• 86 Metascore
    • 85 Critic Score
    The Smile’s looser creative approach offers a new light and welcoming side to Yorke and Greenwood, all while showcasing the enduring creative chemistry behind two of their generation’s most celebrated musicians.
    • 74 Metascore
    • 65 Critic Score
    It’s a good album, but not a great album; a chance missed perhaps. Laessig and Wolfe are covering some important, personal themes here, but you wonder if the glare from the dancefloor glitterball blinds the heart and soul of the record just a little too much.
    • 79 Metascore
    • 75 Critic Score
    It’s an album that radiates warmth and is lighter in tone than their previous outings but it is in many ways a typical Warpaint album, one that can mesmerize, seduce, and confound in equal measure. As with previous albums, Radiate Like This does make demands on the listener to do just that, actually listen, and requires some patience before it fully reveals itself.
    • 71 Metascore
    • 60 Critic Score
    The collective boasts no shortage of remarkable musical talent and vision, and one longs to love the album based on this alone, but Peacock Pools is simply too middling to merit such passion.
    • 81 Metascore
    • 75 Critic Score
    Endless Rooms is mostly fashion free with impeccably arranged, tight guitar lines and is a solid, and sneakily good, record that intrigues and entertains a little more with every spin.
    • 78 Metascore
    • 70 Critic Score
    A Bit of Previous is just that—an exercise in self-awareness by a band too intelligent to sell out, but certainly not impervious to the spell of nostalgia.
    • 78 Metascore
    • 70 Critic Score
    While not quite in the same bracket as the ground breaking Non-Stop Erotic Cabaret, *Happiness Not Included provides a welcome - if mature - diversion to the horrors and evils that surround us. [Dec 2021 - Feb 2022, p.154]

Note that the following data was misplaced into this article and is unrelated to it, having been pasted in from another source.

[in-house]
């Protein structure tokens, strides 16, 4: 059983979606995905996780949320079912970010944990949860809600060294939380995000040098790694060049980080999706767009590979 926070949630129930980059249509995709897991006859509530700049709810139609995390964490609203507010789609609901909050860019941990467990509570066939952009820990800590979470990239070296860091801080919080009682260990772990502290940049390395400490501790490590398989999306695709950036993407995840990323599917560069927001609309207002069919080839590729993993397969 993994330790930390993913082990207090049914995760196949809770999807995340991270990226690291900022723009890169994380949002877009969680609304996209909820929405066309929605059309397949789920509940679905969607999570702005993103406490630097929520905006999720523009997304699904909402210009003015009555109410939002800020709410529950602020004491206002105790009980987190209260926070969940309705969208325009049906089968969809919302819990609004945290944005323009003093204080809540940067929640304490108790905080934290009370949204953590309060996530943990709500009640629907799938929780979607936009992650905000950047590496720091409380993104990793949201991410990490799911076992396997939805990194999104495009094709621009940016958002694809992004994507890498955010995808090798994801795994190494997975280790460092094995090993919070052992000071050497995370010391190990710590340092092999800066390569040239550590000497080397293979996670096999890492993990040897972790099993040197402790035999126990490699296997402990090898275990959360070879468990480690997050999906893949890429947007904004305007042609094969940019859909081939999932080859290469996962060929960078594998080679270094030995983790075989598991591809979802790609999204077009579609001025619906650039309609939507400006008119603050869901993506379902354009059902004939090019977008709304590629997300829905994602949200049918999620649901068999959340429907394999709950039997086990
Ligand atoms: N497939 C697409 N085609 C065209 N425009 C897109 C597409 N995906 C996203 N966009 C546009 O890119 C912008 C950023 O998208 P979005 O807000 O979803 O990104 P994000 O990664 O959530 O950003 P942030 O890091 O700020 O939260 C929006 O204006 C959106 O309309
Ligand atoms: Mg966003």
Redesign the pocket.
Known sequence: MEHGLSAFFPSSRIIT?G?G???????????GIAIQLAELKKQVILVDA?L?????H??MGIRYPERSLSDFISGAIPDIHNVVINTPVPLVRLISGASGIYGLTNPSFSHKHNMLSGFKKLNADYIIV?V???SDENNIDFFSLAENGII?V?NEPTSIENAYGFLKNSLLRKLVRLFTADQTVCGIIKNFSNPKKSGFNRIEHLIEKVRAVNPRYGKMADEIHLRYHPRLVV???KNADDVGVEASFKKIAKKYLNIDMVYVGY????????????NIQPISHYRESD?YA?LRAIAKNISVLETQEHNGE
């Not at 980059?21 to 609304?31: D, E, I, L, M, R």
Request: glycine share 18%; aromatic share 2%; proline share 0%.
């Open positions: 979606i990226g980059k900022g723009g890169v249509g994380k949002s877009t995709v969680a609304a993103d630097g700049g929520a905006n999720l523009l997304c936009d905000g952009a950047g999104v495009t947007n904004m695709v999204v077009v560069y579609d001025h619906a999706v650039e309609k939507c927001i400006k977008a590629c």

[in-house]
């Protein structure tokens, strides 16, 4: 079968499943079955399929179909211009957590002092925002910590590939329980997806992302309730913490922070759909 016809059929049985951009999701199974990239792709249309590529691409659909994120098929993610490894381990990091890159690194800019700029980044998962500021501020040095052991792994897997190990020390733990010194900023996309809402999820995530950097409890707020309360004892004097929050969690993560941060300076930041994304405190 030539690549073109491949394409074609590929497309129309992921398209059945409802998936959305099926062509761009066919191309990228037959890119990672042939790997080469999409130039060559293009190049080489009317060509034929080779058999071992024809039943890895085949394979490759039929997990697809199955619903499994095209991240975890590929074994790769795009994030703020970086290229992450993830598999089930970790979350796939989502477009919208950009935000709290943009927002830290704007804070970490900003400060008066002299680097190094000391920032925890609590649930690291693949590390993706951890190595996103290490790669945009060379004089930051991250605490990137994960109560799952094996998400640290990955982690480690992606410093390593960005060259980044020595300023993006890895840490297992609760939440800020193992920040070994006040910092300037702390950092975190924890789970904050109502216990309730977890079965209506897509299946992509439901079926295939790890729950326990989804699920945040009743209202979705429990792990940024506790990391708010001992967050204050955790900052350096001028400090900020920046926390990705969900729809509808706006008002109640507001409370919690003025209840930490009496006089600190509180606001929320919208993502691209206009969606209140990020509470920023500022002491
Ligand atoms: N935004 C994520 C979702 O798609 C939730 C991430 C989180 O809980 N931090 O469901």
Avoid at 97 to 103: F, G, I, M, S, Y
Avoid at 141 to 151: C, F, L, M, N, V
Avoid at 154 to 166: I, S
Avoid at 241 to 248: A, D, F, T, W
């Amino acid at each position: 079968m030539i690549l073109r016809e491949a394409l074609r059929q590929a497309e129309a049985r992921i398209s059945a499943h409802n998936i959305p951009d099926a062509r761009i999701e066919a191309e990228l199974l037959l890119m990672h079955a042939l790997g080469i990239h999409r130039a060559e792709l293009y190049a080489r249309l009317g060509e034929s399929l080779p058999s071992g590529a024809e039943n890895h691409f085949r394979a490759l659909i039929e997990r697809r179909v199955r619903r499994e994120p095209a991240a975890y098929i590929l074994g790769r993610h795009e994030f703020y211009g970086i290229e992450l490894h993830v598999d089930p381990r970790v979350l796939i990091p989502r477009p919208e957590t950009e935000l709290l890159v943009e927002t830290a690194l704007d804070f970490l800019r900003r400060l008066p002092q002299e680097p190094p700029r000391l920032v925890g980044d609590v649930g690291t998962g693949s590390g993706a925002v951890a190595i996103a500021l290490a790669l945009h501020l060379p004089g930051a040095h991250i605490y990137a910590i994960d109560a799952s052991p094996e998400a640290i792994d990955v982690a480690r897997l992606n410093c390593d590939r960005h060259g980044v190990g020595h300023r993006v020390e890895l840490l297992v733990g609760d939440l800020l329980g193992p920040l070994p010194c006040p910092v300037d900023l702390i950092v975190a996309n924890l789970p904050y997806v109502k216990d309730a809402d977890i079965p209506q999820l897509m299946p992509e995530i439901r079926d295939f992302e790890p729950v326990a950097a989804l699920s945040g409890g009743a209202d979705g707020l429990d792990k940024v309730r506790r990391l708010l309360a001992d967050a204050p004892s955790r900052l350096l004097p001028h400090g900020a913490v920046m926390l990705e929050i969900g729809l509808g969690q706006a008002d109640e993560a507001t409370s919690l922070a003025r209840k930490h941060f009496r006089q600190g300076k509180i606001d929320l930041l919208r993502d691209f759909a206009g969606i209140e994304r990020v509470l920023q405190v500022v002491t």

• Under The Radar
    • 71 Metascore
    • 50 Critic Score
    You can do a whole lot worse than Unlimited Love, its main sin homogeneity rather than insufferableness.
    • 79 Metascore
    • 85 Critic Score
    It’s a passionately fearless and honest body of work, one that pays no heed to the prevailing and increasingly regressive backward looking indie rock trends. Indeed this is undoubtedly a forward-thinking album full of vibrancy and excitement, one that engages the head and the heart from a band who have always strived to do both, and it succeeds on pretty much every level.
    • 73 Metascore
    • 75 Critic Score
    WE
    There’s plenty to recommend this latest offering. Bound together with a rather intoxicating blend of intimacy, inconsistency, and immediacy, this is the sound of a band coming home.
    • 83 Metascore
    • 90 Critic Score
    There is immensely evident craftsmanship that runs through the album, and a newly revitalized soul that, for all its beauty, And Nothing Hurt missed. If it turns out that Everything Was Beautiful is the last Spiritualized project we ever get, it is an unexpected gift that lives up to the best of Jason Pierce’s storied career.